Don't forget to tighten that top bolt back up on the carrier! I coudln't get a torque wrench on it so had to guesstimate 75nm - I went with moderate force (ie NOT heaving on it like a nutter) till it wouldn't turn, then plus a 1/4 turn. Apply some thread locking compound before you put the bolt back in - a light line from top of thread to bottom - not too much ie dripping off!!

    Now you need to wind the pistons back in - you can't really just force them back in like the front pistons - they need to be wound in - I used a 30 quid tool from somewhere or other - but I have seen people using a small G clamp. Whatever you use, remember that as you push them back in the fluid in the reservoir will rise, take the cap off to allow it to rise (or else there's a slim chance you'll blow some seals internally) and remember that brake fluid is corrosive to paint and your skin....

    One the pistons are back in, you'll be able to pop the new pads in the carriers (I put a smear of copper grease on the backs of the pads - force of habit - anything to stop sqealing brakes) and the pistons will be far back enough to clear the pads as you put the caliper back onto the carrier. Again - remember the thread locking compound.

    Lastly - put the cap back on the reservoir!!

    Before you drive off, with the engine running - pump the brakes, get the pistons back in contact with the pads - you don't want to get to the junction at the end of your street and find you have no brakes!

    Once you feel the pressure has built up again in the brake pedal - move forward a couple of paces and make sure the brakes stop nicely. IF it's all ok so far, go for a test drive - dab the brakes a few times BEFORE you really need them - make sure you're happy with them. IF all is well, avoid hard prolonged useage of the brakes for the first few hundred miles, drive normally applying the brakes normally - as we want the discs and pads to bed in properly. After 100 miles or so you should check your wheel nuts are still tight, (I torque mine to 110nm) - you should see the discs have gotten shiny as the pads are bedding in and your brakes should feel alot better!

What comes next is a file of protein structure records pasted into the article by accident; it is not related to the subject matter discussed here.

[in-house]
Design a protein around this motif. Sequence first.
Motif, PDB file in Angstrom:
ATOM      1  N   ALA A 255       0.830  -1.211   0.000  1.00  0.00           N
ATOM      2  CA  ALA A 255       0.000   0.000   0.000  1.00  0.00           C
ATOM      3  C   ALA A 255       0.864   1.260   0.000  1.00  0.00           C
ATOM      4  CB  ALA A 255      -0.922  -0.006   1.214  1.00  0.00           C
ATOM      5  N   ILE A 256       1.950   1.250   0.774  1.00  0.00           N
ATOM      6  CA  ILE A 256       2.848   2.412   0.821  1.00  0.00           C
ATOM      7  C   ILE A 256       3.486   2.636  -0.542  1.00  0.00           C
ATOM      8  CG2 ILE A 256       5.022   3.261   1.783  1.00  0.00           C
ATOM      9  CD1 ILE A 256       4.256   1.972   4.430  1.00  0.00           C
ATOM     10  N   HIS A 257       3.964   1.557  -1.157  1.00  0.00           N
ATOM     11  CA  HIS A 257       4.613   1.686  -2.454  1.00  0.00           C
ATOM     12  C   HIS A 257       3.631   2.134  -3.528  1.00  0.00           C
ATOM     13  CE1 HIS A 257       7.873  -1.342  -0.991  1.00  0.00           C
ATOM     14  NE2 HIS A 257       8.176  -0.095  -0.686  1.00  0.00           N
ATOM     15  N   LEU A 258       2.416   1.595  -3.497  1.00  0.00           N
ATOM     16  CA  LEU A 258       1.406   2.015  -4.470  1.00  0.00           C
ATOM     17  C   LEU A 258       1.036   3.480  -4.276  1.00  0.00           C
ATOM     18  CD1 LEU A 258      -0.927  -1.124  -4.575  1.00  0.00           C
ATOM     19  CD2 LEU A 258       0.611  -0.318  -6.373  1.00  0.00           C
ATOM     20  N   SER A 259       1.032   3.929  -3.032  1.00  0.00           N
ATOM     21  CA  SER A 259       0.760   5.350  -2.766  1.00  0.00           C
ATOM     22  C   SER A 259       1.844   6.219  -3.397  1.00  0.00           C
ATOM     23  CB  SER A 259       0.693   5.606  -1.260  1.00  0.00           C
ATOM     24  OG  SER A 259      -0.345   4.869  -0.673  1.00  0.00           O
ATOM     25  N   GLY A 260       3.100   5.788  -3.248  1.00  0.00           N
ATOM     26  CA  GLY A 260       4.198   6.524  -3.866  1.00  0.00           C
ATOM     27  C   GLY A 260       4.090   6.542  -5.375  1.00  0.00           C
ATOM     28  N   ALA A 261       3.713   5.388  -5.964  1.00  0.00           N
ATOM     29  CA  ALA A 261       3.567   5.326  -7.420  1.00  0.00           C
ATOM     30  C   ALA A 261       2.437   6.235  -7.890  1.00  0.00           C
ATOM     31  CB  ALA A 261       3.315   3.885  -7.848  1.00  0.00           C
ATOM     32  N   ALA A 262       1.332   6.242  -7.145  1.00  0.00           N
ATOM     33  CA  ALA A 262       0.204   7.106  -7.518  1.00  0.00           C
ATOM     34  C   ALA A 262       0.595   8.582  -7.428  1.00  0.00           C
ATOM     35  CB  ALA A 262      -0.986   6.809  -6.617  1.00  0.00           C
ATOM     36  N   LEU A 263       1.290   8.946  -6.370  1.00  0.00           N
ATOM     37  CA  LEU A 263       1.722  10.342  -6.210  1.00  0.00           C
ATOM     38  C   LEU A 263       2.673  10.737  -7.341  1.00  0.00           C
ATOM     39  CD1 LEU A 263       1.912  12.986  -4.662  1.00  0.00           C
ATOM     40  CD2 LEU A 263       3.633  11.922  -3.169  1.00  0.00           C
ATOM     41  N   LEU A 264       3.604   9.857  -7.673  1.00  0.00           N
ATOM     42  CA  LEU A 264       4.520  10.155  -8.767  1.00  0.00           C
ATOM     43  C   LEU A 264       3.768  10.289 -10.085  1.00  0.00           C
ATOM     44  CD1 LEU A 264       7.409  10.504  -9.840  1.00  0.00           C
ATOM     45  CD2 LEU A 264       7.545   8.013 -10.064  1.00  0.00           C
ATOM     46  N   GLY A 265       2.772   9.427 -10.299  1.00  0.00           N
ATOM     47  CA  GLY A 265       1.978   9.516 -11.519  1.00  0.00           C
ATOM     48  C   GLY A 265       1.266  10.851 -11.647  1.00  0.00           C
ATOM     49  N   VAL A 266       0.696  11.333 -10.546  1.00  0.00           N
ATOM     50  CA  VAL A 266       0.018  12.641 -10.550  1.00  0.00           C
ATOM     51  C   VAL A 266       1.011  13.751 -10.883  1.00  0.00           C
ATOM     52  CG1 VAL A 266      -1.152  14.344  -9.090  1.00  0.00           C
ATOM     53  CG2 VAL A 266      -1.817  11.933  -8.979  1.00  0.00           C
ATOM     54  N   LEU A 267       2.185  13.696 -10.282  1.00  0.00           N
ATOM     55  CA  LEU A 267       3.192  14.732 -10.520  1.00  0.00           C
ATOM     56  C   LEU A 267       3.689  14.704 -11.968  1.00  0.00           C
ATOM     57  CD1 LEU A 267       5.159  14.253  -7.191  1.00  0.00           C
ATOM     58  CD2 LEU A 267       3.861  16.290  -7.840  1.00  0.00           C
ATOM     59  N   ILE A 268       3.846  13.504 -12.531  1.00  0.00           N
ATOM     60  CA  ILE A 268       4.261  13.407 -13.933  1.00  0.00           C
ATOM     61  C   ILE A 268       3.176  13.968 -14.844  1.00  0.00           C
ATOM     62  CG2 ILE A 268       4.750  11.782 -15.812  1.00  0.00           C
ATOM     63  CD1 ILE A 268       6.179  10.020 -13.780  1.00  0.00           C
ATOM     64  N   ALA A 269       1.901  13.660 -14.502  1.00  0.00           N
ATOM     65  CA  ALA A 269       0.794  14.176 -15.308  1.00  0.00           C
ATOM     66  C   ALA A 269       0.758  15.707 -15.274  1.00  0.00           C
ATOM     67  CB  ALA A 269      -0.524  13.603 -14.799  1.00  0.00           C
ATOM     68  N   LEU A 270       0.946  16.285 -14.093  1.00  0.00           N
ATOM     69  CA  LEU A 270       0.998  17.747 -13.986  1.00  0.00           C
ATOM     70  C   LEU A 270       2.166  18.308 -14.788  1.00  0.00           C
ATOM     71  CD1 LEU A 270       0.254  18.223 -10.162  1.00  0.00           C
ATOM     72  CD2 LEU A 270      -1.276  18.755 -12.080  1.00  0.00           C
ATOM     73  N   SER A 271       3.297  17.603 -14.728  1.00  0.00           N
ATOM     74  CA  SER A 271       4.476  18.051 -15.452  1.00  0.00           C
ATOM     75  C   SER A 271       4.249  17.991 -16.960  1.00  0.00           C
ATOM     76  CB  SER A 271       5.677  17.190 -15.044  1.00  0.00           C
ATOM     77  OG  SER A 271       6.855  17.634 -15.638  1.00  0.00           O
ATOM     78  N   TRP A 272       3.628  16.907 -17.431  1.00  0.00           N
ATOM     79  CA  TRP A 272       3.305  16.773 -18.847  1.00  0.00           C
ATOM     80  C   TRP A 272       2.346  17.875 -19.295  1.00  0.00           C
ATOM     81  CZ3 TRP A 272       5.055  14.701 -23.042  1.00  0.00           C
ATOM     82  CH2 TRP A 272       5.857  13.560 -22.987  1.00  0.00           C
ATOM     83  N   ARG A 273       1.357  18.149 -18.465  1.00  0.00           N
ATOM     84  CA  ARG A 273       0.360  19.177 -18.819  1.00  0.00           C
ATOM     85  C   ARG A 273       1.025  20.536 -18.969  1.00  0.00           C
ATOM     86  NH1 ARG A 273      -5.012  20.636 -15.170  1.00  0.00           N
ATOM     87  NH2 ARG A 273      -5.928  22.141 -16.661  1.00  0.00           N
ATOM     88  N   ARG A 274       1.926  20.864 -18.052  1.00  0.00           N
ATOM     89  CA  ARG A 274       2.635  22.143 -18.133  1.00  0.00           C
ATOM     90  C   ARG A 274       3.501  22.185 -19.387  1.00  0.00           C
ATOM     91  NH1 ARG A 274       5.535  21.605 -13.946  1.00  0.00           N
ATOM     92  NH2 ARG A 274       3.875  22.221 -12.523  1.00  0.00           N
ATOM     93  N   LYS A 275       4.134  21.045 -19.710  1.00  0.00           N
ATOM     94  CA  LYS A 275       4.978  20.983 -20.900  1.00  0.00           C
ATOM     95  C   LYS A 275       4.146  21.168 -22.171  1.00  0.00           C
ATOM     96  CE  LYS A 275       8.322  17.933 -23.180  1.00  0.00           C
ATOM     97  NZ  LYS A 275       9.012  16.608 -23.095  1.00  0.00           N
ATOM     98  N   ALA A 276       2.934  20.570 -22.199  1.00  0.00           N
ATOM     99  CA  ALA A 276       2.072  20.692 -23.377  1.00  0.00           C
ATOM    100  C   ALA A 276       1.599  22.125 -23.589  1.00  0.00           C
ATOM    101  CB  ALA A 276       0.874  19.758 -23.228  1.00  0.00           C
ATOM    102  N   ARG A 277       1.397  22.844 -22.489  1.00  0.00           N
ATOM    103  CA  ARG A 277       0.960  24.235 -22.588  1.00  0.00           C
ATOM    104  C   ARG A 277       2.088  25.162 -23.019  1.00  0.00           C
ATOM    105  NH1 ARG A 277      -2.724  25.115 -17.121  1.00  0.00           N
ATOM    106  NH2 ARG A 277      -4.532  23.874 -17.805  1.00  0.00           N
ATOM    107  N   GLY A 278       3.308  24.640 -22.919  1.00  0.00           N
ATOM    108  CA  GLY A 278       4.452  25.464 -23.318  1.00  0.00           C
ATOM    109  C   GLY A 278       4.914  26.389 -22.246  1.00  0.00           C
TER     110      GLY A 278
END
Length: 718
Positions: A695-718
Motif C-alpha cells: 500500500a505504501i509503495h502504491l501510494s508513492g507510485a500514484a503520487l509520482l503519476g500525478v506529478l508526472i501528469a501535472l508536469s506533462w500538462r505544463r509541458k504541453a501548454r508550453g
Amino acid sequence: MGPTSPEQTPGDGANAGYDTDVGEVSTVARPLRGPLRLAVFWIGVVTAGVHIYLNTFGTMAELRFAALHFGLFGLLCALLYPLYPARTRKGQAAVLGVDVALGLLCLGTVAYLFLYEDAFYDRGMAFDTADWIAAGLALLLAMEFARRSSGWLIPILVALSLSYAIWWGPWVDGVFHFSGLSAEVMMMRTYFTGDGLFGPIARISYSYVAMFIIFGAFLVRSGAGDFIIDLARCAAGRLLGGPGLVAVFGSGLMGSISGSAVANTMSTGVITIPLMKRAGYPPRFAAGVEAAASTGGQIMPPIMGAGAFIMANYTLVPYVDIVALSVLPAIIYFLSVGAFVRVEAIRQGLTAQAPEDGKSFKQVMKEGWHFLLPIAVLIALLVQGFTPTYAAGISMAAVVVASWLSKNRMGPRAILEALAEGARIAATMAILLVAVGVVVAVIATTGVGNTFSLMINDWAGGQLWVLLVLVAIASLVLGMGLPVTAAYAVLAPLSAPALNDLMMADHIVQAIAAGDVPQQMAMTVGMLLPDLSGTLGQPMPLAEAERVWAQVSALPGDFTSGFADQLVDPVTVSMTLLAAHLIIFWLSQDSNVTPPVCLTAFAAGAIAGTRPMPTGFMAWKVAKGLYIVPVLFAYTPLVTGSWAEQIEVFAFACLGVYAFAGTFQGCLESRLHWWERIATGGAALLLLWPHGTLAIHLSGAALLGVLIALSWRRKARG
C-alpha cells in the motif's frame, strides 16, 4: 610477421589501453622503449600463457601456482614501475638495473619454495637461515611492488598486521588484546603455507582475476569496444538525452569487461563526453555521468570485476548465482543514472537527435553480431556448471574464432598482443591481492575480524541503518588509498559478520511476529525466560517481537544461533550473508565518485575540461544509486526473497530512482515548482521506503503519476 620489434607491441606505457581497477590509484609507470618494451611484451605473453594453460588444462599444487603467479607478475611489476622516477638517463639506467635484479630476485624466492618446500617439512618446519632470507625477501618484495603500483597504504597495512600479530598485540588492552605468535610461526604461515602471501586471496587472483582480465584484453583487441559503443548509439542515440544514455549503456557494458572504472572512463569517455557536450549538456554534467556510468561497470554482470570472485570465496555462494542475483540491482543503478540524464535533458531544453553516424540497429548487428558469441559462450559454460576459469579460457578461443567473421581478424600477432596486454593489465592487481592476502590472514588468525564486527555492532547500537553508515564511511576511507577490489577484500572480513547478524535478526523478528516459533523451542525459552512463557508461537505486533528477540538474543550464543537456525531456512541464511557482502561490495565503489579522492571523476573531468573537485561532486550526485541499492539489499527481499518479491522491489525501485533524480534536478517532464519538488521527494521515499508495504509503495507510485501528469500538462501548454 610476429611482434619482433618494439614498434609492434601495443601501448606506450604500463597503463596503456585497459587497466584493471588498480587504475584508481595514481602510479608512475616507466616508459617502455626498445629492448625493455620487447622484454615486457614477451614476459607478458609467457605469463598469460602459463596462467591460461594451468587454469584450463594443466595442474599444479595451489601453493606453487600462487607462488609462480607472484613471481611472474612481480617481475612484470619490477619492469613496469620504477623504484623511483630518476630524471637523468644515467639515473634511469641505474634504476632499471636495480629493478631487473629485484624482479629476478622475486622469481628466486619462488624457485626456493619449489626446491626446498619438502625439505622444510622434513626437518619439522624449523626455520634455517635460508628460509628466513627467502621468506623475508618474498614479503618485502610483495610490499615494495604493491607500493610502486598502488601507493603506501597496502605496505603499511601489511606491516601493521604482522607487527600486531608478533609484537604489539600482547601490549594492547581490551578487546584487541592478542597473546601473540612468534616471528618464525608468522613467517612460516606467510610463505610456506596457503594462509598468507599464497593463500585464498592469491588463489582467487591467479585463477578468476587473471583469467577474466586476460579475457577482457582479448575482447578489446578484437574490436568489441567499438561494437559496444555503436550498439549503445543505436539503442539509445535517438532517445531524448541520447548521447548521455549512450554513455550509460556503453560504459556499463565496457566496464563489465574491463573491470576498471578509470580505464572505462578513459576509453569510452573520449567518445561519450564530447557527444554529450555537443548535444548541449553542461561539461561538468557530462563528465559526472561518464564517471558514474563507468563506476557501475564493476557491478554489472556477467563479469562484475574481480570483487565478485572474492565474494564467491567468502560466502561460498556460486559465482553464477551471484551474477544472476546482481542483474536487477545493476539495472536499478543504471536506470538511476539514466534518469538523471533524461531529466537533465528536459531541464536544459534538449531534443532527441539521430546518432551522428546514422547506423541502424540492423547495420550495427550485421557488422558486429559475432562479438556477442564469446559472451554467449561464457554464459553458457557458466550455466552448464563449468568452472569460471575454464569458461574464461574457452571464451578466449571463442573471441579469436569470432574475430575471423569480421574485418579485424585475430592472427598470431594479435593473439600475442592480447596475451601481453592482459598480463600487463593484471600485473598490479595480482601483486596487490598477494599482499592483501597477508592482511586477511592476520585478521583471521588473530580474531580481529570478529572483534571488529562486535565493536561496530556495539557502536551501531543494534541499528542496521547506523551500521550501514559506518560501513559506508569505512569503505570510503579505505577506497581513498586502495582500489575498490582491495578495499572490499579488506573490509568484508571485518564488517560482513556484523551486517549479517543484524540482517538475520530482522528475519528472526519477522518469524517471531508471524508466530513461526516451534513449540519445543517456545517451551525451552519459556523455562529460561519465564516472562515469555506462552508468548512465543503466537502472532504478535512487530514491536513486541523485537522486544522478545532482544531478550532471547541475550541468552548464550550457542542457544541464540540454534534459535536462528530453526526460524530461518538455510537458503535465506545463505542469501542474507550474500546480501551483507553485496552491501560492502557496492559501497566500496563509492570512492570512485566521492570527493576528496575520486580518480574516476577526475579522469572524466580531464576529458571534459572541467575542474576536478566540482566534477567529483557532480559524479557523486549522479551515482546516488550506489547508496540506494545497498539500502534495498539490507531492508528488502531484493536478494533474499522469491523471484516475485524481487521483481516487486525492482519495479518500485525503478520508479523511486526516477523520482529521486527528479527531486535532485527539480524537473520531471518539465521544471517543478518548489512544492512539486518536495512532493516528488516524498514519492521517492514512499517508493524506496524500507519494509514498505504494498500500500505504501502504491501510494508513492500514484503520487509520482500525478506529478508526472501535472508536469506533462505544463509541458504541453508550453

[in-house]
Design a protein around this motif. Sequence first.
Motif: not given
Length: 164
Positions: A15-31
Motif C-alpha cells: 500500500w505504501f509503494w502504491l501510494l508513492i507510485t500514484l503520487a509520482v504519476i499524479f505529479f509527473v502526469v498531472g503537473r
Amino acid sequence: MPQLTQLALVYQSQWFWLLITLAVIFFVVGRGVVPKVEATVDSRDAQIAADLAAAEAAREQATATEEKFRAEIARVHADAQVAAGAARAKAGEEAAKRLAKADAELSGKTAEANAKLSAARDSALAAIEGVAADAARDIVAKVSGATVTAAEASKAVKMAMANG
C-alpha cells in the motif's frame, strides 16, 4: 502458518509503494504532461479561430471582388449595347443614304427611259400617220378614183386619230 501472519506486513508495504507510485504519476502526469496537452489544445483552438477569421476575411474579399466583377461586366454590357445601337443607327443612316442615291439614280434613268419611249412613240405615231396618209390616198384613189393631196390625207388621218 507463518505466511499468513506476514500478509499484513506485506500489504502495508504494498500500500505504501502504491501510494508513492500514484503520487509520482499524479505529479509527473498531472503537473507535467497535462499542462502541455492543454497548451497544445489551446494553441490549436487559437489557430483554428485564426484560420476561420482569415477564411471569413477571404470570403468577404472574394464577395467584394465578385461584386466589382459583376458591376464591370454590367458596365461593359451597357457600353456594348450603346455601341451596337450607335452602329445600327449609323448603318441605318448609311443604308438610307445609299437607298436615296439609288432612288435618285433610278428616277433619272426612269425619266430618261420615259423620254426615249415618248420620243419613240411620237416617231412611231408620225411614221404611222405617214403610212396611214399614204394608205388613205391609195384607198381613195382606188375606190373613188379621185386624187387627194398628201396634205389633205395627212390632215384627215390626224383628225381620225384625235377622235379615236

Top tip - if you've bedded the discs and pads in ok - feel free to go back to having a blast! But, after hard braking, avoid sitting stationary with the now very hot brakes on - you'll be putting a lot of localised heat into the discs which can lead to warping etc. I tend to creep the car forward a foot or so every 20 / 30 seconds and reapply the brakes - in an attempt to even the heat out.

    What surprised me is that ElsaWin doesn't cover discs removal at all - I can see caliper servicing - which shows the discs - but nowt about getting them off.

    I can't believe how awkward Audi made getting the carrier off, but getting the pads out is an absolute doddle - if only the carrier was easier to get at.
    Last edited: Feb 20, 2011
  2. quattrojames

    quattrojames Moderator Staff Member Moderator Audi A6 Audi Avant Owner Group

    Nice work and thanks for the guide :thumbsup:

    At least you got the Allen bolt undone which has stumped a couple of members of late!